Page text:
Bryant Young could have rambled on about former teammates and shared more inside stories, but he carved out 2 1/2 minutes of his Pro Football Hall of Fame induction speech for a more meaningful reason.
Young, a four-time Pro Bowl defensive tackle with the San Francisco, provided the most emotional moment of the festivities on Saturday in Canton, Ohio when he paid tribute to his son Colby, who died of cancer at age 15 in 2016.
“I’d like to let you meet Colby,” Young said. “Born in August 2001, Colby loved life. He had an infectious smile, many interests, including football. He was a happy kid. In Fall 2014, when he was 13, Colby started having headaches. A CAT scan revealed a brain tumor. … Five days later, surgeons removed a tumor and told us it was cancer.”
Colby Young initially recovered but the cancer later returned.
“Doctors tried immunotherapy, but it had spread too far, too fast,” Young said. “Colby sensed where things were heading and had questions. He didn’t fear death as much as the process of dying. Would it be painful? Would he be remembered? We assured Colby we’d keep his memory alive and continue speaking his name.
“On October 11, 2016, God called Colby home,” said Young, fighting through tears. “Colby, you live on in our hearts. We will always speak your name.”
Young played 208 games over 14 seasons (1994-2007), all with the 49ers. The first-round pick in 1994 out of Notre Dame had 89.5 sacks in his career.
Young was one of six players inducted Saturday, along with offensive tackle Tony Boselli, cornerback LeRoy Butler, defensive end Richard Seymour, the late receiver Cliff Branch and the late linebacker Sam Mills. Coach Dick Vermeil and official Art McNally also were inducted.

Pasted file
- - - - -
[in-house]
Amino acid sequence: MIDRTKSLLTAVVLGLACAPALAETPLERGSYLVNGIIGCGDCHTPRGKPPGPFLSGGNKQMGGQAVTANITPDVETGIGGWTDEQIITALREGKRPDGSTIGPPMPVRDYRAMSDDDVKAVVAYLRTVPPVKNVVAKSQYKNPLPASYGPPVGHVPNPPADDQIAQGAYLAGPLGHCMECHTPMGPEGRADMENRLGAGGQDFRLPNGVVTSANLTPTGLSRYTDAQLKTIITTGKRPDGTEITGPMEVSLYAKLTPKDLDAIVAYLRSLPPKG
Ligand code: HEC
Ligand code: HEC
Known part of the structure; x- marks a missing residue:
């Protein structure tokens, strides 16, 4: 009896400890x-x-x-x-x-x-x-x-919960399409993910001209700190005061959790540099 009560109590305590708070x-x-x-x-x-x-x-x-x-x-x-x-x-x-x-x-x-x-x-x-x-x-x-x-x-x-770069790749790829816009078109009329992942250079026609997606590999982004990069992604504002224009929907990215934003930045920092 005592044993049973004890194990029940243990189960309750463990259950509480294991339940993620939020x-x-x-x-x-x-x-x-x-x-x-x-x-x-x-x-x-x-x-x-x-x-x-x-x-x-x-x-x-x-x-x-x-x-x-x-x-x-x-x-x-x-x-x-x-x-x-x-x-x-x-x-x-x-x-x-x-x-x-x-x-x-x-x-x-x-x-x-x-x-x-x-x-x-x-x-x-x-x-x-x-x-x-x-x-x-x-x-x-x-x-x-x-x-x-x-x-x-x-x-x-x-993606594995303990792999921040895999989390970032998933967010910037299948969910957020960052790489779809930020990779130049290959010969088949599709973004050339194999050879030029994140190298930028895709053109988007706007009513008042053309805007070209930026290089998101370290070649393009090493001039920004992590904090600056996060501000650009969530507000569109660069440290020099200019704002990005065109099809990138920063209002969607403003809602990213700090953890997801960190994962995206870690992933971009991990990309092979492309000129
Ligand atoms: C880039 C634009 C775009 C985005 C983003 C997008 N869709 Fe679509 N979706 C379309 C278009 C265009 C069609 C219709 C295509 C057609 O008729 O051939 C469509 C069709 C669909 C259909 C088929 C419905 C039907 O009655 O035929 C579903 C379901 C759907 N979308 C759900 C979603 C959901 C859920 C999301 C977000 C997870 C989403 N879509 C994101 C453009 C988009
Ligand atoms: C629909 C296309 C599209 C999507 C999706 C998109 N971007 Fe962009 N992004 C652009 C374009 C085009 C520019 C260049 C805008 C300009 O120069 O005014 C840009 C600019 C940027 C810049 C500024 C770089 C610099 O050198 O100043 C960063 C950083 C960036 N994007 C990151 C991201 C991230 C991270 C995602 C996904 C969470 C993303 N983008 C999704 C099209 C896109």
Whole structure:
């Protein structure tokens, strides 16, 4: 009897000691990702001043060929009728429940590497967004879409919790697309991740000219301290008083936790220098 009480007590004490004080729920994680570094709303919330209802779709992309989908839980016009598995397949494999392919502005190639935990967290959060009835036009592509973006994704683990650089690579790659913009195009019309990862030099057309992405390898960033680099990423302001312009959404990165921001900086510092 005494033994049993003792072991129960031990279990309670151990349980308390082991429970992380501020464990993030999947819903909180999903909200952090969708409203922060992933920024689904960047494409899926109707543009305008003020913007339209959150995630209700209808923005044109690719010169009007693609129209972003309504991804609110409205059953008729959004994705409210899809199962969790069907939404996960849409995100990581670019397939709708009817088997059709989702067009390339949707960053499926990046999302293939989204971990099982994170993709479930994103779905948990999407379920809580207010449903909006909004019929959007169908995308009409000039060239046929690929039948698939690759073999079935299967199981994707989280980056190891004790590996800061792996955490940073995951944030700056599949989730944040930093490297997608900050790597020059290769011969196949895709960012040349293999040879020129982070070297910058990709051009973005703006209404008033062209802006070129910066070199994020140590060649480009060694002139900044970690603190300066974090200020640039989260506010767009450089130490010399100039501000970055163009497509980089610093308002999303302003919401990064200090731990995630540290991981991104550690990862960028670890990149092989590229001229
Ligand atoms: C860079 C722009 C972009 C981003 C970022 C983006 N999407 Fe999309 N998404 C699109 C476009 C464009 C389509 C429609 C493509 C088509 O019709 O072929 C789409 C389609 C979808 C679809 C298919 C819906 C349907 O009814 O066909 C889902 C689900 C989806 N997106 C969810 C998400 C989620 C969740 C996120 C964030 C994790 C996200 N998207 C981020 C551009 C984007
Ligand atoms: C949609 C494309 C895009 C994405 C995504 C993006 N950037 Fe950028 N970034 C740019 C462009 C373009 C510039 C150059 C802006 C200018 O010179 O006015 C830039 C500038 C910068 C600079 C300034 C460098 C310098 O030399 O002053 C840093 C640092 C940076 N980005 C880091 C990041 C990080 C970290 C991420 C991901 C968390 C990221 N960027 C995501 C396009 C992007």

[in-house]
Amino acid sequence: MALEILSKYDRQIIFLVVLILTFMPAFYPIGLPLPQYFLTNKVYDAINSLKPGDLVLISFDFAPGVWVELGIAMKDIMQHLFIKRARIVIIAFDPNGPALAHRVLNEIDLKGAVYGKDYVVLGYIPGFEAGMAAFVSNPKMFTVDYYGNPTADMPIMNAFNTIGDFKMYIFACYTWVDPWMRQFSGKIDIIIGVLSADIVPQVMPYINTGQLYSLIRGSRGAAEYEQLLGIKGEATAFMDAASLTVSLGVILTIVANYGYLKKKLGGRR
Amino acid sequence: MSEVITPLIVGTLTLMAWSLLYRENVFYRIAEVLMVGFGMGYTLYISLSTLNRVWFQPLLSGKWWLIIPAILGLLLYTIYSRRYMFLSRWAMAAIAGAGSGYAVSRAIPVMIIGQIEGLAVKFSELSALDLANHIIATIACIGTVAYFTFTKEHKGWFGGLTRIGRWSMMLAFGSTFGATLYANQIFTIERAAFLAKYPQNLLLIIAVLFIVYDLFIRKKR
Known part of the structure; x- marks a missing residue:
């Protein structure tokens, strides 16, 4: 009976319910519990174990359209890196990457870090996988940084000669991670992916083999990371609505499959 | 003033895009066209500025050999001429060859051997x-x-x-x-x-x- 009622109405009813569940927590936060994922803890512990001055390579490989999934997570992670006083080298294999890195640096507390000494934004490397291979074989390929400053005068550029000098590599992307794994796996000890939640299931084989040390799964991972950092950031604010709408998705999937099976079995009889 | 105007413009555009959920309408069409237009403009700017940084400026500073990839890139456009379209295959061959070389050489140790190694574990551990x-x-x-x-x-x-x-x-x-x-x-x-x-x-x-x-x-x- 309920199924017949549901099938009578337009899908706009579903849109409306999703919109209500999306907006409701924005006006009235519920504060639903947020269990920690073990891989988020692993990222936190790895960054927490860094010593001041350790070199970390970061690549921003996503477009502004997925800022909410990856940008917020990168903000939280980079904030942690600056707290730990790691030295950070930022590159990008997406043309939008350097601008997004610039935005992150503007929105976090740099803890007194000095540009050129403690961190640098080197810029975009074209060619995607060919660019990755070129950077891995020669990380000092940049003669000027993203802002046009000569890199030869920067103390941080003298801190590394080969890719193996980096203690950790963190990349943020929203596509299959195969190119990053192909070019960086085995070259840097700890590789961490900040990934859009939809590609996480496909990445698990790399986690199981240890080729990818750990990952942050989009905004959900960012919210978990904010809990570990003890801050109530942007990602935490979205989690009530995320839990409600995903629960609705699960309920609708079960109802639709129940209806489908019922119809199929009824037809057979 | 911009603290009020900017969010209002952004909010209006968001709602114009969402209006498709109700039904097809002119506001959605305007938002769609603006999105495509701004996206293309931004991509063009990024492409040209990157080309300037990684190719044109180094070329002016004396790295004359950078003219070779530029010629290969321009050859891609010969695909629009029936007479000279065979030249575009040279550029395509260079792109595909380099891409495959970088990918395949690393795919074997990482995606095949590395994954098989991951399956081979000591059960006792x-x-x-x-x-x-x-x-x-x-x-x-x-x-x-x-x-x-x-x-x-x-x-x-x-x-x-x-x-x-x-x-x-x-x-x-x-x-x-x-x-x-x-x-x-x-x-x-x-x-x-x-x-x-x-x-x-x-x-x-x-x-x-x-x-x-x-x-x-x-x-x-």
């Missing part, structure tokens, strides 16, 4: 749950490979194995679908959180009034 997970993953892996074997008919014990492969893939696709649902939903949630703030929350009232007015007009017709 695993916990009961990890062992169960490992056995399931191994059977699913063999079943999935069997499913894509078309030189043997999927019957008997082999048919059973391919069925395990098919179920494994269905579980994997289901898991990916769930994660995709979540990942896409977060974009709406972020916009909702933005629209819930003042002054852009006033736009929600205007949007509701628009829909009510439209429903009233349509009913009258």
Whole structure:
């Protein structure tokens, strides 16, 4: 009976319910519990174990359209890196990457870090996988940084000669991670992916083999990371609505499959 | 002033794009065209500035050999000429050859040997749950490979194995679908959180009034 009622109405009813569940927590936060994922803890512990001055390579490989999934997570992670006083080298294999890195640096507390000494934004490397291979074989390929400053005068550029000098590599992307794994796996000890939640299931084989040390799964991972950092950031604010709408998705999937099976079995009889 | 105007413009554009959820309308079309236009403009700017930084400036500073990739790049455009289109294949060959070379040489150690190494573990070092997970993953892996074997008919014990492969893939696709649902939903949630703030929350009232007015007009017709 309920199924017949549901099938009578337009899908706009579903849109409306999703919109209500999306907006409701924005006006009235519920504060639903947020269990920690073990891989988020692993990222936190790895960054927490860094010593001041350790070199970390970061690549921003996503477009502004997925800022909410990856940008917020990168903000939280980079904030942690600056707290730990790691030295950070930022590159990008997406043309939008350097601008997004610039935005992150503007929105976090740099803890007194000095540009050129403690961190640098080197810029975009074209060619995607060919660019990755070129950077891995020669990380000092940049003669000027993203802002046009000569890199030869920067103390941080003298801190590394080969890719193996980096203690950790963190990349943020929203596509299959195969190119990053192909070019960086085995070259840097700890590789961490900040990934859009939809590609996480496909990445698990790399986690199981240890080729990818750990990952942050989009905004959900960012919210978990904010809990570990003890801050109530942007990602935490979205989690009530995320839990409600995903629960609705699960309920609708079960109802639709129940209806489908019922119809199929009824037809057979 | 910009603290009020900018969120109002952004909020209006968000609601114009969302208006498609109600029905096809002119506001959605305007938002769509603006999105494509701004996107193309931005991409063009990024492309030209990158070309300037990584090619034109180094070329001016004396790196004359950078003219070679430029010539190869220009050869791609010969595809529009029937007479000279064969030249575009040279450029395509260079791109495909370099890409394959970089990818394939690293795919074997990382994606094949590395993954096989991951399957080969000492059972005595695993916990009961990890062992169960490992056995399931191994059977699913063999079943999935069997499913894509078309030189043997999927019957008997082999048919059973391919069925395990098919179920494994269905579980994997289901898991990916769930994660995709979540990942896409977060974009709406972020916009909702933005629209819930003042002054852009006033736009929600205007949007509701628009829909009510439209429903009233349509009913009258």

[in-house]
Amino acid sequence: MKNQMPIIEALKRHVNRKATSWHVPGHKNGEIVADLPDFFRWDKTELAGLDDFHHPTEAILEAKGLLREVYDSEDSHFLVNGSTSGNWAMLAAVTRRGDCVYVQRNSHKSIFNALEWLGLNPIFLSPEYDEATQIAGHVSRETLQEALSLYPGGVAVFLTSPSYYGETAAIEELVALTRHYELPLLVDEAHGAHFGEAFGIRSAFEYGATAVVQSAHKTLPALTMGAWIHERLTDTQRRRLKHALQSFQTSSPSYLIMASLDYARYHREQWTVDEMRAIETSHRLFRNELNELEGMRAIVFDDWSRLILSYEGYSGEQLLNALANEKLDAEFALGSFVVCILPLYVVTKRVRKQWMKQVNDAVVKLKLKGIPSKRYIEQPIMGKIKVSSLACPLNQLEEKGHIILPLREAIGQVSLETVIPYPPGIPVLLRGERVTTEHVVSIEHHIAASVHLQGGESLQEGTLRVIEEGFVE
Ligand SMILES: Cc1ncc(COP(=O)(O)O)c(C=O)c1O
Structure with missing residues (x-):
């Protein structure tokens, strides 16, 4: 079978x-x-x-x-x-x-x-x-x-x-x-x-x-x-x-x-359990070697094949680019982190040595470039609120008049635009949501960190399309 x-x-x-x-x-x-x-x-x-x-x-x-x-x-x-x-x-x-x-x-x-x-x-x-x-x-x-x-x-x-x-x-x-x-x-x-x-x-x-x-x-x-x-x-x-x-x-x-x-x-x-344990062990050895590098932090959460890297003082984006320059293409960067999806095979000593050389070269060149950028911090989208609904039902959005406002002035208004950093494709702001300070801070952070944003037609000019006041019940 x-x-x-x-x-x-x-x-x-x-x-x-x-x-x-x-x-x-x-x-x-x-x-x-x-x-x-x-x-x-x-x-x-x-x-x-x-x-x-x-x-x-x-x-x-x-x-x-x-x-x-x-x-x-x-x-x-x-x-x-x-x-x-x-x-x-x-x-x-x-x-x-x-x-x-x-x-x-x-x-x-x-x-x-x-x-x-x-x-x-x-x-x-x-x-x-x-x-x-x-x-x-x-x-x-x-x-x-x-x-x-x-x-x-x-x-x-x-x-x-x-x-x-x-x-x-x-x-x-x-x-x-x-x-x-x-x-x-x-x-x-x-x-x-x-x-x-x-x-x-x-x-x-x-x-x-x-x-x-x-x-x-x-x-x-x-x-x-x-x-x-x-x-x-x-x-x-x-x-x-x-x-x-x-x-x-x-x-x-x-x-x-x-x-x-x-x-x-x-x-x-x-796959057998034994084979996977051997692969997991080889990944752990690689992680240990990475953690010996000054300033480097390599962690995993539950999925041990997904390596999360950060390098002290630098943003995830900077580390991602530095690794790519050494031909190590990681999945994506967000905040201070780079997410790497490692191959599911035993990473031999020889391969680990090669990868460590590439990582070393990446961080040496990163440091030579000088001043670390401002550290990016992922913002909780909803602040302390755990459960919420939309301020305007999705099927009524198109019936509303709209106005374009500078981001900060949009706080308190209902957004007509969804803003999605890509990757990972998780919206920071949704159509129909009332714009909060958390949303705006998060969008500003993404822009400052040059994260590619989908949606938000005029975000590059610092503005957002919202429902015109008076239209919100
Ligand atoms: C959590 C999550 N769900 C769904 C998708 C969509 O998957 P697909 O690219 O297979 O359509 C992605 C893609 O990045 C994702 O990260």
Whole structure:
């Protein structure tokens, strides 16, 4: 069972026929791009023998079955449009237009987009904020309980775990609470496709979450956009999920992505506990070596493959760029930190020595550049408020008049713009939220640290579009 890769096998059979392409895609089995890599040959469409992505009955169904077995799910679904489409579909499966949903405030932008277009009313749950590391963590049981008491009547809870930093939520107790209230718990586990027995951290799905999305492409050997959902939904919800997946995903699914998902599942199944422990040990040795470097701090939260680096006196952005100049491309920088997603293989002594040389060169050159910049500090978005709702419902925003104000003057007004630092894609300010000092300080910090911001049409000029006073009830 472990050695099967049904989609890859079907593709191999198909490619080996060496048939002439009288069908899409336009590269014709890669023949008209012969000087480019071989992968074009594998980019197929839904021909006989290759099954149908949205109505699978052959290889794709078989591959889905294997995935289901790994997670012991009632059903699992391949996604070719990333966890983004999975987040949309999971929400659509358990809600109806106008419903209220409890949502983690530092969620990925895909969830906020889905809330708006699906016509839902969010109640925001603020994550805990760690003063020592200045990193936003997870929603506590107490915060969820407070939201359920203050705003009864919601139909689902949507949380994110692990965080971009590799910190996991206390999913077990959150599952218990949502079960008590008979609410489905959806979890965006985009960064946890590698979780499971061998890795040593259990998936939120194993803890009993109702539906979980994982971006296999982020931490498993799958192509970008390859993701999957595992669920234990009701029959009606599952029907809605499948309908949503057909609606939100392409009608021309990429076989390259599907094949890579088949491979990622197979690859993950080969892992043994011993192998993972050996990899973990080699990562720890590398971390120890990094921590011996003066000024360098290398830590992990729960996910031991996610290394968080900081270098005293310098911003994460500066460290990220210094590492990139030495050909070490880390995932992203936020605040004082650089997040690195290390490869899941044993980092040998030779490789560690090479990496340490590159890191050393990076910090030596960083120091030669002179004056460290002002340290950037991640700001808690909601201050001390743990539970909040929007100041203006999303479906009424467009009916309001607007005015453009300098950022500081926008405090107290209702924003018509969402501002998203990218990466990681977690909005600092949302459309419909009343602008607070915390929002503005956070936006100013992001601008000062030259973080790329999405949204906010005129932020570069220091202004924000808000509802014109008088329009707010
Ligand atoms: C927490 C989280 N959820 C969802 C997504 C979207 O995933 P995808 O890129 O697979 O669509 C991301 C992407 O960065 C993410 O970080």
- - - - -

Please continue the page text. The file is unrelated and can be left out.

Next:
Butler called it a long wait for his induction after his standout career. He played 181 games over 12 seasons (1990-2001) with the Green Bay Packers as a second-round draft pick out of Florida State and picked off 38 passes in his career.
“When you play for the Green Bay Packers, a lot of doors open up,” Butler said. “When you win a Super Bowl, all the doors open up. When you make the Hall of Fame, football heaven opens up. Want to know why? It’s rare company.”
Seymour, who played 164 games over 12 seasons with the New England Patriots (2001-08) and Oakland Raiders (2009-12), was the sixth overall draft pick in 2001 out of Georgia. He had 57.5 career sacks and was on seven Patriots teams that won at least 10 games.
Boselli is the first Jacksonville Jaguars’ player to be inducted. The five-time Pro Bowler played 91 games over seven seasons (1995-2001) after he was the Jaguars’ first-ever draft pick, selected No. 2 overall in 1995 out of Southern California.
Branch, who died in 2019 at age 71, was a three-time Super Bowl champion and four-time Pro Bowler in 14 seasons with the Raiders (1972-85). He had 501 career receptions for 8,685 yards and 67 touchdowns.
Mills, who died from cancer in 2005 at the age of 45, played the first nine seasons of his 12-year career with the New Orleans Saints (1986-94). He finished with the Carolina Panthers (1995-97) and totaled 1,265 tackles with 22 forced fumbles, 20.5 sacks and 11 interceptions.
Vermeil went 120-109 in 15 seasons as head coach with the Philadelphia Eagles (1976-82), St. Louis Rams (1997-99) and Kansas City Chiefs (2001-05). His Rams won the 1999 season’s Super Bowl.
Vermeil’s biggest influence was a college basketball coach. When he coached at UCLA, he got to watch and learn from legendary John Wooden, long considered the best of his trade.
“I took every opportunity I had to spend time with John Wooden,” Vermeil said. “Yes, he’s coaching basketball, but when you watch him practice, the intensity and the discipline and the structure was there of a great football practice and a great football coach and it was so exciting and I learned so much from him.
“A philosophy he implanted in me in conversation, I think about it all the time. One time I was complaining about the players we lost in recruiting. He said sit down. I sat down. When John Wooden says sit down, you sit down. He says, ‘Now listen Coach, don’t worry about those players you don’t have. Just make sure you do a great job of making those who you have the best that they can possibly be.’
“And I’ve operated under that simple philosophy the rest of my coaching career. It is so true. So true. Gosh darn it, thank you John Wooden.”
McNally, 97, became the first official inducted into Canton. He started as an official in 1959, served as referee from 1960-67 and was supervisor of officials from 1968-1991. He oversaw the implementation of instant replay in 1986.